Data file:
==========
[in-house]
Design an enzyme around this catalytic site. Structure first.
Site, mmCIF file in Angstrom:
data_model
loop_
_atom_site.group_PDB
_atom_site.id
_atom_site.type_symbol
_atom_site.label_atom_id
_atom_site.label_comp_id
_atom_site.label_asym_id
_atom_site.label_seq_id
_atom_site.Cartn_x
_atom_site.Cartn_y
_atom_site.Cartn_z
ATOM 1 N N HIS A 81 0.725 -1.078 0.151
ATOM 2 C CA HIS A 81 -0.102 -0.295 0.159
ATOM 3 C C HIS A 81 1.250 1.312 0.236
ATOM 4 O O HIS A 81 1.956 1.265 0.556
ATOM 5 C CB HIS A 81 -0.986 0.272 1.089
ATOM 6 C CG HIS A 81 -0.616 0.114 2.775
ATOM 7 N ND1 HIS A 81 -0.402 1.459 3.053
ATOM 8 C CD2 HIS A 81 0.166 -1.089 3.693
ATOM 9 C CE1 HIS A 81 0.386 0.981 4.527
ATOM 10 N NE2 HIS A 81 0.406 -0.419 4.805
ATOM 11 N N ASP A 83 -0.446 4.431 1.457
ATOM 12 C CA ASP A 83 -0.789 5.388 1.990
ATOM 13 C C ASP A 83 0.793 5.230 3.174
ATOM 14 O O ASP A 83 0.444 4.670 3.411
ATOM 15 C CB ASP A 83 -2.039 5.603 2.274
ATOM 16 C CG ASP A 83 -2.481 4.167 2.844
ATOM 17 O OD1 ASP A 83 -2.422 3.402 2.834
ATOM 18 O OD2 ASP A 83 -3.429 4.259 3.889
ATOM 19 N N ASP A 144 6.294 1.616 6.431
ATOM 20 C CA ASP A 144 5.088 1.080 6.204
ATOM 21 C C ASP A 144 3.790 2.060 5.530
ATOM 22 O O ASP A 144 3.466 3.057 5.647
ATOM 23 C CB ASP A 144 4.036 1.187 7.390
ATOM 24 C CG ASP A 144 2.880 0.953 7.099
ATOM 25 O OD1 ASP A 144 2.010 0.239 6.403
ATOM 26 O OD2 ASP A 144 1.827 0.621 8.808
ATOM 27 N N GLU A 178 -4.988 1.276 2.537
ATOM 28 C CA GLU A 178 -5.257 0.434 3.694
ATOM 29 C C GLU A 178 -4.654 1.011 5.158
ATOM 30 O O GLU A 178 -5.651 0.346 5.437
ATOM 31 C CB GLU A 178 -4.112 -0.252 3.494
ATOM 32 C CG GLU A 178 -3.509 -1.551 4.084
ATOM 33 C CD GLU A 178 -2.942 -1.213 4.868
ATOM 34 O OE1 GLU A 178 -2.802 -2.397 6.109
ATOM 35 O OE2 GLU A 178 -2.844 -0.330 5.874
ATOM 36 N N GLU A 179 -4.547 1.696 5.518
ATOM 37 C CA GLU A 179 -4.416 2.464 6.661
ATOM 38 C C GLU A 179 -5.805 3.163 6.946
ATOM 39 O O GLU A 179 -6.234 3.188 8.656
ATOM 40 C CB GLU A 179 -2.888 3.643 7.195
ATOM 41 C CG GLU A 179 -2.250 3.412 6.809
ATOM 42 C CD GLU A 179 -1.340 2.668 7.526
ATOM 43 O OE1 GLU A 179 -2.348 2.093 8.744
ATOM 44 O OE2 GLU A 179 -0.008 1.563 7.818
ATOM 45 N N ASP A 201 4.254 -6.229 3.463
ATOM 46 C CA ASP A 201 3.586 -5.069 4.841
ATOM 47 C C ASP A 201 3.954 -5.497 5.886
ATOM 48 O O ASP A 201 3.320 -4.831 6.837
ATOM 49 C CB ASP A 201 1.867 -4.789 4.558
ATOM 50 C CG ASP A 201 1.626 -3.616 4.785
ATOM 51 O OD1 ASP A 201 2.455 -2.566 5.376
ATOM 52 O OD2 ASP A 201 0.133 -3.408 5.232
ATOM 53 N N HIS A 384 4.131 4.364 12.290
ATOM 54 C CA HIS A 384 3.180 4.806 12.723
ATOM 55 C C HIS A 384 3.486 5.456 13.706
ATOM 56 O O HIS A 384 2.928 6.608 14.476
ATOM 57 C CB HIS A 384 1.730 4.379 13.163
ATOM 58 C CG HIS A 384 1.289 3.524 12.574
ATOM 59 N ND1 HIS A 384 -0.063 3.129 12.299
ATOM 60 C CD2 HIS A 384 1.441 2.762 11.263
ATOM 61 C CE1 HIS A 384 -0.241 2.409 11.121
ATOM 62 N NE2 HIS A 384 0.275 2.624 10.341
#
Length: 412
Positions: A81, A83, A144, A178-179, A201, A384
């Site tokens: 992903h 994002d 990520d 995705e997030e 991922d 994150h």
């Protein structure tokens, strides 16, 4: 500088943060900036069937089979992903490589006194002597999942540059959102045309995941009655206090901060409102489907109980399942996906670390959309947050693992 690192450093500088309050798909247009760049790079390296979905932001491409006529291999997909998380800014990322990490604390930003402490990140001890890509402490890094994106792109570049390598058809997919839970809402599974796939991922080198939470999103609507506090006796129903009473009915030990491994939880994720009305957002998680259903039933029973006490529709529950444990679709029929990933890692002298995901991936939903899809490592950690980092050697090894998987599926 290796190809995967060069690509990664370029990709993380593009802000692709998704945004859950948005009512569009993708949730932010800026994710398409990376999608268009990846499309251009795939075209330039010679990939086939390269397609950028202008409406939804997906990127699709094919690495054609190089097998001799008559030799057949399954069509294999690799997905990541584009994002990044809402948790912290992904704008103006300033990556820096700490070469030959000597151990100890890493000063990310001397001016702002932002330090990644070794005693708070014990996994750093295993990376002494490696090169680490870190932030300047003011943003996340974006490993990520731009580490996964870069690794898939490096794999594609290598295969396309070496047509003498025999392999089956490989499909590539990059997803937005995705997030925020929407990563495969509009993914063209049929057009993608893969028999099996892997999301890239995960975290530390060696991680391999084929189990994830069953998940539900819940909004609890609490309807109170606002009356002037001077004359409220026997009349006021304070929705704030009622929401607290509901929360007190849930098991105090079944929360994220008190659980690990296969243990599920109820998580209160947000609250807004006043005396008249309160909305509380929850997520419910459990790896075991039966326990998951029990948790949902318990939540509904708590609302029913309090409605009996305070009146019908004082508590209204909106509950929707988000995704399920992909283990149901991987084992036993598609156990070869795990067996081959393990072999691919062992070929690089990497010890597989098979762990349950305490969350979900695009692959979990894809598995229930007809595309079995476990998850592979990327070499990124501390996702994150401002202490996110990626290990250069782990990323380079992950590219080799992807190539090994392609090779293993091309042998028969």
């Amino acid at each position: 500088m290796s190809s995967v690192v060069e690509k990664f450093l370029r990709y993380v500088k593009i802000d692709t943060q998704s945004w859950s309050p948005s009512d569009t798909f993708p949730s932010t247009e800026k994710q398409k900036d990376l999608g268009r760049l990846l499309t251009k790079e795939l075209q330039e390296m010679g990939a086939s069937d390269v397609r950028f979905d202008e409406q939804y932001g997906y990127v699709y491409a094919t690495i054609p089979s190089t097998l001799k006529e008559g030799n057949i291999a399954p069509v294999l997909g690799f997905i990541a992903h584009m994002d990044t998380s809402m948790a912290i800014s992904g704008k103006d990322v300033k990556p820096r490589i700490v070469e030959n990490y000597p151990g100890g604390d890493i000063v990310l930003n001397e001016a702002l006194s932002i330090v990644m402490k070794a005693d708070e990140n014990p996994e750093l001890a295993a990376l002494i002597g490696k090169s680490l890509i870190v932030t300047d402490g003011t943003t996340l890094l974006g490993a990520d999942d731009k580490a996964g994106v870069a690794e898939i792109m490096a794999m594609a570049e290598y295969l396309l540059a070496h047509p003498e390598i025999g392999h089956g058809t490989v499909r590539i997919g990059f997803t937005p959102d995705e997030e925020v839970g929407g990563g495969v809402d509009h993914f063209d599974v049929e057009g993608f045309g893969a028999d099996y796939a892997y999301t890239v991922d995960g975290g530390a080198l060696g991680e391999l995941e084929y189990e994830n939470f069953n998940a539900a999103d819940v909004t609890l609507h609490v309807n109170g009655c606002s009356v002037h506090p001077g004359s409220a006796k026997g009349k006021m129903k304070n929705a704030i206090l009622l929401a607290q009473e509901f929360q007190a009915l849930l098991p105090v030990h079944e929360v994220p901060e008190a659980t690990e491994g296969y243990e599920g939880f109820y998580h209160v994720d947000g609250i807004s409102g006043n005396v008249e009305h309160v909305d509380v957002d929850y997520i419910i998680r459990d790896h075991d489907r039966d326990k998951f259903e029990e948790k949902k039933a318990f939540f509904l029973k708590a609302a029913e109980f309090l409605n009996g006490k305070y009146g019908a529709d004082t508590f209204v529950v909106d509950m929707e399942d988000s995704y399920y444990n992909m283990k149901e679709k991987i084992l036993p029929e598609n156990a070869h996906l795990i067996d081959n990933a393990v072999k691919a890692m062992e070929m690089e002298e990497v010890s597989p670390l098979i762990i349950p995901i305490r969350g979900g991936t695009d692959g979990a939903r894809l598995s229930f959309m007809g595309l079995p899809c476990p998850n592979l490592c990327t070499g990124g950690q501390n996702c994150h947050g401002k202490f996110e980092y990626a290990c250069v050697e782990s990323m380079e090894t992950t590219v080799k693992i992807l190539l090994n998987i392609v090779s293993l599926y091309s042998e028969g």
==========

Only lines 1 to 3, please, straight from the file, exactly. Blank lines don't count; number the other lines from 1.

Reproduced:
[in-house]
Design an enzyme around this catalytic site. Structure first.
Site, mmCIF file in Angstrom: